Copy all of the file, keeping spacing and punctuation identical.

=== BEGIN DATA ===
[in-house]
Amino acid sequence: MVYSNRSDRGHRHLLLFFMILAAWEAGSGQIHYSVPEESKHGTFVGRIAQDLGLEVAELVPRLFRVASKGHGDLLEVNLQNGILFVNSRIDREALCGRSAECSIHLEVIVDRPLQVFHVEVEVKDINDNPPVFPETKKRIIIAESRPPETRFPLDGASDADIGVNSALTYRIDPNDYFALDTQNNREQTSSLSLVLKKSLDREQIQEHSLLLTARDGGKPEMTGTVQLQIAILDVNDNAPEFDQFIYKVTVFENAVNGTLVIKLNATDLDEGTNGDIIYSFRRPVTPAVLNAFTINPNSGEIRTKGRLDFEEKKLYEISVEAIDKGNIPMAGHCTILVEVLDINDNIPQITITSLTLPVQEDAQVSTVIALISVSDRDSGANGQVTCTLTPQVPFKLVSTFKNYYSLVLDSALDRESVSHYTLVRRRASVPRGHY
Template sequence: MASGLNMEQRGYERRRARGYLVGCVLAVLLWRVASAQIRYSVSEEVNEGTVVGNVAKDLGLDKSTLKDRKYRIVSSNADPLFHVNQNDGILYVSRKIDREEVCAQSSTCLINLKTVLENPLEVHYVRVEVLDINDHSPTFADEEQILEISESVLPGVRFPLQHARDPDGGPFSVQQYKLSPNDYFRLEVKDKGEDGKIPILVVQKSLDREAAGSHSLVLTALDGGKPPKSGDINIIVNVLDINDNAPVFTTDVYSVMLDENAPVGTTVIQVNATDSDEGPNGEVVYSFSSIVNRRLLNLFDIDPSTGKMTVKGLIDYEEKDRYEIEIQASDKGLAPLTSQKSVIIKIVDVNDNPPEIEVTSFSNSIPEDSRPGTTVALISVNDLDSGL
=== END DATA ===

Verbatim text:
[in-house]
Amino acid sequence: MVYSNRSDRGHRHLLLFFMILAAWEAGSGQIHYSVPEESKHGTFVGRIAQDLGLEVAELVPRLFRVASKGHGDLLEVNLQNGILFVNSRIDREALCGRSAECSIHLEVIVDRPLQVFHVEVEVKDINDNPPVFPETKKRIIIAESRPPETRFPLDGASDADIGVNSALTYRIDPNDYFALDTQNNREQTSSLSLVLKKSLDREQIQEHSLLLTARDGGKPEMTGTVQLQIAILDVNDNAPEFDQFIYKVTVFENAVNGTLVIKLNATDLDEGTNGDIIYSFRRPVTPAVLNAFTINPNSGEIRTKGRLDFEEKKLYEISVEAIDKGNIPMAGHCTILVEVLDINDNIPQITITSLTLPVQEDAQVSTVIALISVSDRDSGANGQVTCTLTPQVPFKLVSTFKNYYSLVLDSALDRESVSHYTLVRRRASVPRGHY
Template sequence: MASGLNMEQRGYERRRARGYLVGCVLAVLLWRVASAQIRYSVSEEVNEGTVVGNVAKDLGLDKSTLKDRKYRIVSSNADPLFHVNQNDGILYVSRKIDREEVCAQSSTCLINLKTVLENPLEVHYVRVEVLDINDHSPTFADEEQILEISESVLPGVRFPLQHARDPDGGPFSVQQYKLSPNDYFRLEVKDKGEDGKIPILVVQKSLDREAAGSHSLVLTALDGGKPPKSGDINIIVNVLDINDNAPVFTTDVYSVMLDENAPVGTTVIQVNATDSDEGPNGEVVYSFSSIVNRRLLNLFDIDPSTGKMTVKGLIDYEEKDRYEIEIQASDKGLAPLTSQKSVIIKIVDVNDNPPEIEVTSFSNSIPEDSRPGTTVALISVNDLDSGL